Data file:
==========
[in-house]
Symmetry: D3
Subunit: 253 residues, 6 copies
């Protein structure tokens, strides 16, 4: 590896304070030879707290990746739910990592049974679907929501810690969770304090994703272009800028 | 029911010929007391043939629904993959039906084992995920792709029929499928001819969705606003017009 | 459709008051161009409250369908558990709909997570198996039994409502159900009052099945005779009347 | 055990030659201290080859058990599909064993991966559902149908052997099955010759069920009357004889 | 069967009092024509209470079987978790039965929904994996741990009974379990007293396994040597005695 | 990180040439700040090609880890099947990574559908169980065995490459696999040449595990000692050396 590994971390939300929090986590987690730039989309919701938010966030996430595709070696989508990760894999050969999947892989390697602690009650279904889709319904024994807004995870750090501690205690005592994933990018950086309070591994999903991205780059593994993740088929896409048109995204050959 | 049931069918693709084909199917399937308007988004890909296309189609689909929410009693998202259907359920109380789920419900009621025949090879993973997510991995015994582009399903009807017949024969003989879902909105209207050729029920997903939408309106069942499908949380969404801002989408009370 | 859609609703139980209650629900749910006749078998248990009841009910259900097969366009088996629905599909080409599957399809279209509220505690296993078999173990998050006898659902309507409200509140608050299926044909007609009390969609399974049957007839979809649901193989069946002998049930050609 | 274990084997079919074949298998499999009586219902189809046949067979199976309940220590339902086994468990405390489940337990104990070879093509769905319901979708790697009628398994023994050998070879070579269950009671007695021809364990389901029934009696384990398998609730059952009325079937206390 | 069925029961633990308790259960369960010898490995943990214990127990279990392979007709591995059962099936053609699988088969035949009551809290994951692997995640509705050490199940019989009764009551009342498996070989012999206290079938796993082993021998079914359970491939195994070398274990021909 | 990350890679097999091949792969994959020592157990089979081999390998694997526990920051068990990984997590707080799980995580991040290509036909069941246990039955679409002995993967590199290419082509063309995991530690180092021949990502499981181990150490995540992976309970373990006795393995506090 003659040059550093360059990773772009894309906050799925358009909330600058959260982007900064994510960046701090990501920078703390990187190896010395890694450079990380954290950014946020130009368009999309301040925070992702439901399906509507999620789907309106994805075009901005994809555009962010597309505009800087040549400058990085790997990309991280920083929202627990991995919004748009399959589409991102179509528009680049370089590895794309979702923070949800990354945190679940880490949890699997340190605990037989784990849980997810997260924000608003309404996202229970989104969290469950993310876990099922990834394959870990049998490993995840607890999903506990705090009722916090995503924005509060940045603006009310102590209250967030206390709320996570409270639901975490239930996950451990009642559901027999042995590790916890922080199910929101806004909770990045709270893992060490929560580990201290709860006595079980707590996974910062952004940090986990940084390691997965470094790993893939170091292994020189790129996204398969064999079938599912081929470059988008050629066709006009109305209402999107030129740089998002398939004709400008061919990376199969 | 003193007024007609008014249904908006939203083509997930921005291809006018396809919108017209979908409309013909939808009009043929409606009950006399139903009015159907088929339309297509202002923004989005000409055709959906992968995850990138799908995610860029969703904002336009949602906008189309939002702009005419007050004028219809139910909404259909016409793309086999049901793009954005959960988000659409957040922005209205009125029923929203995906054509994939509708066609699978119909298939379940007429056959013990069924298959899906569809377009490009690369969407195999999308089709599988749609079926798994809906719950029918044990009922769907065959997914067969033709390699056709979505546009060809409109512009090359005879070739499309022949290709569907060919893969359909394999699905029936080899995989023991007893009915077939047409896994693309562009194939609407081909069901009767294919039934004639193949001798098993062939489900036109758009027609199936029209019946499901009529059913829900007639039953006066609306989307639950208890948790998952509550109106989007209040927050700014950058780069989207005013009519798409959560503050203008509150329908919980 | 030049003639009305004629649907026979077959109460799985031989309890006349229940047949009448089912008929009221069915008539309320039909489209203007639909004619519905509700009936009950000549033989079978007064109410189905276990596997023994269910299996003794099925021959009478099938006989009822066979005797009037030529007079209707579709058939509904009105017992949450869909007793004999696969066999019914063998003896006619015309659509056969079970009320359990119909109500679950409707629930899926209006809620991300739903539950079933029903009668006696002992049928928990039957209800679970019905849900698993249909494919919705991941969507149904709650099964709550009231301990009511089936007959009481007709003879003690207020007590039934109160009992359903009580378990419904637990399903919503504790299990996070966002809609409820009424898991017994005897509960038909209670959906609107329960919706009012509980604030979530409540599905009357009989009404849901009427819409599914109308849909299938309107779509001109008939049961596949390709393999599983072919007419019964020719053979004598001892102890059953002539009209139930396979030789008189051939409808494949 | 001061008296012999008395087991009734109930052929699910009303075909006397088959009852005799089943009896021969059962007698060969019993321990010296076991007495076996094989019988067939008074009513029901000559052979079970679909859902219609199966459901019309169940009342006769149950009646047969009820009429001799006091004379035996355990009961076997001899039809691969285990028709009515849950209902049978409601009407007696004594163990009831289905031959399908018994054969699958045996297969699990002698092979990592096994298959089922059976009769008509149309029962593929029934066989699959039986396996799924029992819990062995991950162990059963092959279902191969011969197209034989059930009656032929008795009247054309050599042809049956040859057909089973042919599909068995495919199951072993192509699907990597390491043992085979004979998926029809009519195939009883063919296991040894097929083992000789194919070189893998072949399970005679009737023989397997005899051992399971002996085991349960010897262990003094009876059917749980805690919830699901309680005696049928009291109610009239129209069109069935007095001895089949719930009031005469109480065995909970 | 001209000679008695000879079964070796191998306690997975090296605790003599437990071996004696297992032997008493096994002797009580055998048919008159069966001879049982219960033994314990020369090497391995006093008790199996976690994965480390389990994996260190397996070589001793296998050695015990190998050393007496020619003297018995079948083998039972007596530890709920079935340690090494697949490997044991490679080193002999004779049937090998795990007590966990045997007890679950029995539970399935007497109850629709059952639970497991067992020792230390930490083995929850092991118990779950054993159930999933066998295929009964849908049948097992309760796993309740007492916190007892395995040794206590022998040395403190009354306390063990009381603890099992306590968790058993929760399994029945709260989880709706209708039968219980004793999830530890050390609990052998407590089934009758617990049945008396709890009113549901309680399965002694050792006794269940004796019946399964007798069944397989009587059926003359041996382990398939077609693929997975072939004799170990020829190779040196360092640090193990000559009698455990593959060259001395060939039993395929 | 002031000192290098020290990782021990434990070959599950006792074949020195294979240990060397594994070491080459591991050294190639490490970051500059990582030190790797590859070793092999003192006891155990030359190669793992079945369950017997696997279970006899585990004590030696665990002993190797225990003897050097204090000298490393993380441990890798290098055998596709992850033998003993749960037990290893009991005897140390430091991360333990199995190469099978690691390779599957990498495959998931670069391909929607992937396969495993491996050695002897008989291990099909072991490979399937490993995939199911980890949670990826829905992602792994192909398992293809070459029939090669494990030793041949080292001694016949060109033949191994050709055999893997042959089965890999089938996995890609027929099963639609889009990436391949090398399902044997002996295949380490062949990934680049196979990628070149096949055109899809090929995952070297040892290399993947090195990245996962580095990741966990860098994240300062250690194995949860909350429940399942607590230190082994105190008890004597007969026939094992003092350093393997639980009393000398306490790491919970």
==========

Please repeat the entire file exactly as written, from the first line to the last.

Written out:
[in-house]
Symmetry: D3
Subunit: 253 residues, 6 copies
């Protein structure tokens, strides 16, 4: 590896304070030879707290990746739910990592049974679907929501810690969770304090994703272009800028 | 029911010929007391043939629904993959039906084992995920792709029929499928001819969705606003017009 | 459709008051161009409250369908558990709909997570198996039994409502159900009052099945005779009347 | 055990030659201290080859058990599909064993991966559902149908052997099955010759069920009357004889 | 069967009092024509209470079987978790039965929904994996741990009974379990007293396994040597005695 | 990180040439700040090609880890099947990574559908169980065995490459696999040449595990000692050396 590994971390939300929090986590987690730039989309919701938010966030996430595709070696989508990760894999050969999947892989390697602690009650279904889709319904024994807004995870750090501690205690005592994933990018950086309070591994999903991205780059593994993740088929896409048109995204050959 | 049931069918693709084909199917399937308007988004890909296309189609689909929410009693998202259907359920109380789920419900009621025949090879993973997510991995015994582009399903009807017949024969003989879902909105209207050729029920997903939408309106069942499908949380969404801002989408009370 | 859609609703139980209650629900749910006749078998248990009841009910259900097969366009088996629905599909080409599957399809279209509220505690296993078999173990998050006898659902309507409200509140608050299926044909007609009390969609399974049957007839979809649901193989069946002998049930050609 | 274990084997079919074949298998499999009586219902189809046949067979199976309940220590339902086994468990405390489940337990104990070879093509769905319901979708790697009628398994023994050998070879070579269950009671007695021809364990389901029934009696384990398998609730059952009325079937206390 | 069925029961633990308790259960369960010898490995943990214990127990279990392979007709591995059962099936053609699988088969035949009551809290994951692997995640509705050490199940019989009764009551009342498996070989012999206290079938796993082993021998079914359970491939195994070398274990021909 | 990350890679097999091949792969994959020592157990089979081999390998694997526990920051068990990984997590707080799980995580991040290509036909069941246990039955679409002995993967590199290419082509063309995991530690180092021949990502499981181990150490995540992976309970373990006795393995506090 003659040059550093360059990773772009894309906050799925358009909330600058959260982007900064994510960046701090990501920078703390990187190896010395890694450079990380954290950014946020130009368009999309301040925070992702439901399906509507999620789907309106994805075009901005994809555009962010597309505009800087040549400058990085790997990309991280920083929202627990991995919004748009399959589409991102179509528009680049370089590895794309979702923070949800990354945190679940880490949890699997340190605990037989784990849980997810997260924000608003309404996202229970989104969290469950993310876990099922990834394959870990049998490993995840607890999903506990705090009722916090995503924005509060940045603006009310102590209250967030206390709320996570409270639901975490239930996950451990009642559901027999042995590790916890922080199910929101806004909770990045709270893992060490929560580990201290709860006595079980707590996974910062952004940090986990940084390691997965470094790993893939170091292994020189790129996204398969064999079938599912081929470059988008050629066709006009109305209402999107030129740089998002398939004709400008061919990376199969 | 003193007024007609008014249904908006939203083509997930921005291809006018396809919108017209979908409309013909939808009009043929409606009950006399139903009015159907088929339309297509202002923004989005000409055709959906992968995850990138799908995610860029969703904002336009949602906008189309939002702009005419007050004028219809139910909404259909016409793309086999049901793009954005959960988000659409957040922005209205009125029923929203995906054509994939509708066609699978119909298939379940007429056959013990069924298959899906569809377009490009690369969407195999999308089709599988749609079926798994809906719950029918044990009922769907065959997914067969033709390699056709979505546009060809409109512009090359005879070739499309022949290709569907060919893969359909394999699905029936080899995989023991007893009915077939047409896994693309562009194939609407081909069901009767294919039934004639193949001798098993062939489900036109758009027609199936029209019946499901009529059913829900007639039953006066609306989307639950208890948790998952509550109106989007209040927050700014950058780069989207005013009519798409959560503050203008509150329908919980 | 030049003639009305004629649907026979077959109460799985031989309890006349229940047949009448089912008929009221069915008539309320039909489209203007639909004619519905509700009936009950000549033989079978007064109410189905276990596997023994269910299996003794099925021959009478099938006989009822066979005797009037030529007079209707579709058939509904009105017992949450869909007793004999696969066999019914063998003896006619015309659509056969079970009320359990119909109500679950409707629930899926209006809620991300739903539950079933029903009668006696002992049928928990039957209800679970019905849900698993249909494919919705991941969507149904709650099964709550009231301990009511089936007959009481007709003879003690207020007590039934109160009992359903009580378990419904637990399903919503504790299990996070966002809609409820009424898991017994005897509960038909209670959906609107329960919706009012509980604030979530409540599905009357009989009404849901009427819409599914109308849909299938309107779509001109008939049961596949390709393999599983072919007419019964020719053979004598001892102890059953002539009209139930396979030789008189051939409808494949 | 001061008296012999008395087991009734109930052929699910009303075909006397088959009852005799089943009896021969059962007698060969019993321990010296076991007495076996094989019988067939008074009513029901000559052979079970679909859902219609199966459901019309169940009342006769149950009646047969009820009429001799006091004379035996355990009961076997001899039809691969285990028709009515849950209902049978409601009407007696004594163990009831289905031959399908018994054969699958045996297969699990002698092979990592096994298959089922059976009769008509149309029962593929029934066989699959039986396996799924029992819990062995991950162990059963092959279902191969011969197209034989059930009656032929008795009247054309050599042809049956040859057909089973042919599909068995495919199951072993192509699907990597390491043992085979004979998926029809009519195939009883063919296991040894097929083992000789194919070189893998072949399970005679009737023989397997005899051992399971002996085991349960010897262990003094009876059917749980805690919830699901309680005696049928009291109610009239129209069109069935007095001895089949719930009031005469109480065995909970 | 001209000679008695000879079964070796191998306690997975090296605790003599437990071996004696297992032997008493096994002797009580055998048919008159069966001879049982219960033994314990020369090497391995006093008790199996976690994965480390389990994996260190397996070589001793296998050695015990190998050393007496020619003297018995079948083998039972007596530890709920079935340690090494697949490997044991490679080193002999004779049937090998795990007590966990045997007890679950029995539970399935007497109850629709059952639970497991067992020792230390930490083995929850092991118990779950054993159930999933066998295929009964849908049948097992309760796993309740007492916190007892395995040794206590022998040395403190009354306390063990009381603890099992306590968790058993929760399994029945709260989880709706209708039968219980004793999830530890050390609990052998407590089934009758617990049945008396709890009113549901309680399965002694050792006794269940004796019946399964007798069944397989009587059926003359041996382990398939077609693929997975072939004799170990020829190779040196360092640090193990000559009698455990593959060259001395060939039993395929 | 002031000192290098020290990782021990434990070959599950006792074949020195294979240990060397594994070491080459591991050294190639490490970051500059990582030190790797590859070793092999003192006891155990030359190669793992079945369950017997696997279970006899585990004590030696665990002993190797225990003897050097204090000298490393993380441990890798290098055998596709992850033998003993749960037990290893009991005897140390430091991360333990199995190469099978690691390779599957990498495959998931670069391909929607992937396969495993491996050695002897008989291990099909072991490979399937490993995939199911980890949670990826829905992602792994192909398992293809070459029939090669494990030793041949080292001694016949060109033949191994050709055999893997042959089965890999089938996995890609027929099963639609889009990436391949090398399902044997002996295949380490062949990934680049196979990628070149096949055109899809090929995952070297040892290399993947090195990245996962580095990741966990860098994240300062250690194995949860909350429940399942607590230190082994105190008890004597007969026939094992003092350093393997639980009393000398306490790491919970």